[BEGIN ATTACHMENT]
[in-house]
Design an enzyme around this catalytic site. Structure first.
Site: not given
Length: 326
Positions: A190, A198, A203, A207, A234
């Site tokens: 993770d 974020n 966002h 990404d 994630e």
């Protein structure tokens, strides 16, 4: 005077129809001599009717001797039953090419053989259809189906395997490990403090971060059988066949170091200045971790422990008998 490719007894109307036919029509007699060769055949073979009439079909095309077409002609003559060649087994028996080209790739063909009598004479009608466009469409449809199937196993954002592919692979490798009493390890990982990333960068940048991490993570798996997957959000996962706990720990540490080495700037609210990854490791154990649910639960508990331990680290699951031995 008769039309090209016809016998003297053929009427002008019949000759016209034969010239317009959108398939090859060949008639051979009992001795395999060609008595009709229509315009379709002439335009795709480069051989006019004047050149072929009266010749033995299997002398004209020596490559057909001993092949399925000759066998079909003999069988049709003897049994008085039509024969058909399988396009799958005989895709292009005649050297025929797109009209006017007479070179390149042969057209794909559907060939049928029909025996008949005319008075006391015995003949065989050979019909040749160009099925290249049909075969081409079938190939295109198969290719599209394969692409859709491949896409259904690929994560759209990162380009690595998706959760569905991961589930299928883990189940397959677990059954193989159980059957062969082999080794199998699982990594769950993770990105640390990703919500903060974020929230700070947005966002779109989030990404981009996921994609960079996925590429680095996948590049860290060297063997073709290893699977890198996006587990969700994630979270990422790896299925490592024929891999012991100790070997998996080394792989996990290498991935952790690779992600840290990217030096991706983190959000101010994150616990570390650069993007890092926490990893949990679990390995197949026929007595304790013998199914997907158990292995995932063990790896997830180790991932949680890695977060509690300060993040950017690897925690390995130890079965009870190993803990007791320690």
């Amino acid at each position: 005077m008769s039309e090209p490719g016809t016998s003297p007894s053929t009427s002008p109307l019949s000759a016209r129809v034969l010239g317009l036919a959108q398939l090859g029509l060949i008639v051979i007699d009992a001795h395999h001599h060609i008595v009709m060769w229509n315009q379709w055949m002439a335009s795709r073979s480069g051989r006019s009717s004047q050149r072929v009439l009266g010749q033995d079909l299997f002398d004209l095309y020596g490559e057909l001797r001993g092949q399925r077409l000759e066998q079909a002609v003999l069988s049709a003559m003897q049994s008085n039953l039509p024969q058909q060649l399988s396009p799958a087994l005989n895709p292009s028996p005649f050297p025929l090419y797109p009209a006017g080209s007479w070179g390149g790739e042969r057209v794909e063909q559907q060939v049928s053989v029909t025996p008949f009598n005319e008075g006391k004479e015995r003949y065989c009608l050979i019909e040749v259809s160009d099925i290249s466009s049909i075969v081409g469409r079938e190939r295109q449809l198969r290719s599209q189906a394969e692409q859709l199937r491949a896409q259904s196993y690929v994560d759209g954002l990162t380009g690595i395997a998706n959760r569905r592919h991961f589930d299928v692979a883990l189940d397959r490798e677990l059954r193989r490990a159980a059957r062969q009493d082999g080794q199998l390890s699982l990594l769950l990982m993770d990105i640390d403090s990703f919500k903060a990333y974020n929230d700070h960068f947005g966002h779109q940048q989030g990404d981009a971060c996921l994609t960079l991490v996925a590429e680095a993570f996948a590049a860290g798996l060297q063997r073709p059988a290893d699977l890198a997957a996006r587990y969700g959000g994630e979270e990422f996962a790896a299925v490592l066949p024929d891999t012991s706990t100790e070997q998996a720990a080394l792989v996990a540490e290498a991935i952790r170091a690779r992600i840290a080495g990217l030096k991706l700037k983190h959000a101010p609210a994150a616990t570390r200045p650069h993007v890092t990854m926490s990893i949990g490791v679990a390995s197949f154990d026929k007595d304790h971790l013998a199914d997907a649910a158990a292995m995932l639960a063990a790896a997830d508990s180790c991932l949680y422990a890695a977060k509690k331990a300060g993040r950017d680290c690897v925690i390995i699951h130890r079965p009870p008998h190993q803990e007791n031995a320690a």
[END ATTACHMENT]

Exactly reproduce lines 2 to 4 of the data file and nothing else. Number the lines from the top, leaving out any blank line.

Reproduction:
Design an enzyme around this catalytic site. Structure first.
Site: not given
Length: 326